It is almost time for Holi, the Festival of Colors! Holi is a Hindu celebration that occurs at the end of the winter season on the last full day of the lunar month Phalguna. As bonfires are lit to signify a devotion to Lord Vishnu, the God of Preservation, people gather and throw colored powder and water at each other. Depending on the region, the festival can last up to sixteen days. This year, the main day of Holi is on March 1.
Holi received its title as the ‘Festival of Colors’ from the Hindu God Krishna, who is a reincarnation of Lord Vishnu. Krishna enjoyed playing pranks, including using colored powder and water on the villagers. Here is a local bin of powder in Delhi:
Many travelers are not sure what to expect during Holi, and for good reason. Many kids make a game out of throwing powder on the foreigners – even hiding in the trees to sprinkle handfuls of red, green, blue, and gold powder on the heads of unsuspecting tourists. Some people also mix bhang in the food and drinks. The celebration is truly a spectacle in the streets, as people come together to remove sorrow and make life more colorful.
Wishing you and your family a Happy New Year 2010! It is that time of year when many of us make plans and promises for a better tomorrow. For some, these plans include traveling to a new or favorite destination. For me and the family, the travel bug becomes stronger every year!
Although Sodha Travel focuses on travel services in India, Nepal, and Bhutan, we encourage you to contact us if your travel plans include alternate destinations. Our global network of operators can coordinate tours and custom packages in other countries, including Egypt, Italy, China, Japan, and Morocco. If you wish to travel to an area we do not serve, we will gladly suggest alternate contacts who can assist with the details.
Cheers to new travel experiences and friendships in 2010!
The Sodha Travel family wishes you much peace, love and joy this holiday season! Our office will be closed on Thursday, December 24 and Friday, December 25. We will resume regular business hours on Monday, December 28.
Kumbh Mela is a mass Hindu pilgrimage that occurs four times every twelve years. The celebration dates are according to Indian astrology and calculated based on the zodiac positions of the Sun, Moon, and Jupiter. Kumbh Mela rotates among four locations: Prayag, Allahabad; Haridwar; Ujjain, and Nasik. Starting January 14, 2010, Kumbh Mela will take place in Haridwar.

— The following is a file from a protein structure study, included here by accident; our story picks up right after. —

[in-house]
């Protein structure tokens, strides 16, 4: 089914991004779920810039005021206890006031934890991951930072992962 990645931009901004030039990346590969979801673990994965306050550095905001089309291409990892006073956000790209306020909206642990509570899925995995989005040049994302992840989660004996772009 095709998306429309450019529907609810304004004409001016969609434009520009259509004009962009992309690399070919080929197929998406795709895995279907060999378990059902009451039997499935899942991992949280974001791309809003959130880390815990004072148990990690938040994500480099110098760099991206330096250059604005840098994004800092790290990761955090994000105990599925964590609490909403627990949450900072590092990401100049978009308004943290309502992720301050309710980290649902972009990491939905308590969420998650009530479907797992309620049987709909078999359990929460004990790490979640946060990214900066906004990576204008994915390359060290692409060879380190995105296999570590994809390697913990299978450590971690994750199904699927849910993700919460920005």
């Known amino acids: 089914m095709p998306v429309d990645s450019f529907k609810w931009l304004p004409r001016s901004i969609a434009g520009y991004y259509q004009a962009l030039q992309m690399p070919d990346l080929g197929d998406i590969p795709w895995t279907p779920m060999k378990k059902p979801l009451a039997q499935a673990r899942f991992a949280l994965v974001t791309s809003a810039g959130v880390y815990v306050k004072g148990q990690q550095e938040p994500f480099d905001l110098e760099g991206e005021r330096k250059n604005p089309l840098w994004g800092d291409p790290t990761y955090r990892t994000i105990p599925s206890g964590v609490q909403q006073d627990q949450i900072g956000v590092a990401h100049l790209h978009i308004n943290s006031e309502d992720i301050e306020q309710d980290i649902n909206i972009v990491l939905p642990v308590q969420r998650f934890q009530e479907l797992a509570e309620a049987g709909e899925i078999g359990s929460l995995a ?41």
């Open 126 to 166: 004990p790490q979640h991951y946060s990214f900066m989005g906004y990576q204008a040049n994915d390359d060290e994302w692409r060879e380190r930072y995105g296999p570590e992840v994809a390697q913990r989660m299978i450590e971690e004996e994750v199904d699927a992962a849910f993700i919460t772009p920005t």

The common accommodations during the event are tented campsites along the Ganges River. With less than a month until the celebration, there are limited sites remaining so please let us know if you have interest in attending this holy gathering.
One of our clients recently returned from Northern India and sent us the following:
“I saw so many people decorating their homes with lights and decorations for the Christmas holiday. I suppose I always viewed India as a country that practiced Hinduism, Islam, and Sikhism, but it was a surprise to see so many getting excited about the holiday. Are there really that many Christians in India?”
- Bill K.
Approximately 2.3% of India’s population is Christian, equating to almost 28 million people! (This is even more than the 1.9% who follow Sikhism.) Also, many Indians enjoy celebrating Christmas in the secular tradition by sharing gifts and decorating their homes. It is becoming more widely celebrated as Western traditions permeate the society. Fun fact: Because Christmas trees are rare, many instead decorate their plants or buy small house trees for the occasion.
We appreciate the festive observation, Bill! Please send your comments, stories and questions to firstname.lastname@example.org
We apologize for the delay in recent blogs: April and May have been a focus of family in our office, both in the United States and India.
Many of our clients ask for an online resource to find all things Indian. We strongly recommend www.indogram.com – it lists Indian movies, groceries stores, events, community organizations, etc. Just click on your city and enjoy what Indian culture has to offer!
And don’t forget, if you are located in or around Portland, Oregon, the India Festival will take place in Pioneer Square on August 17, 2008. For more information, visit www.ica.org
Thank you for your support of all things Indian!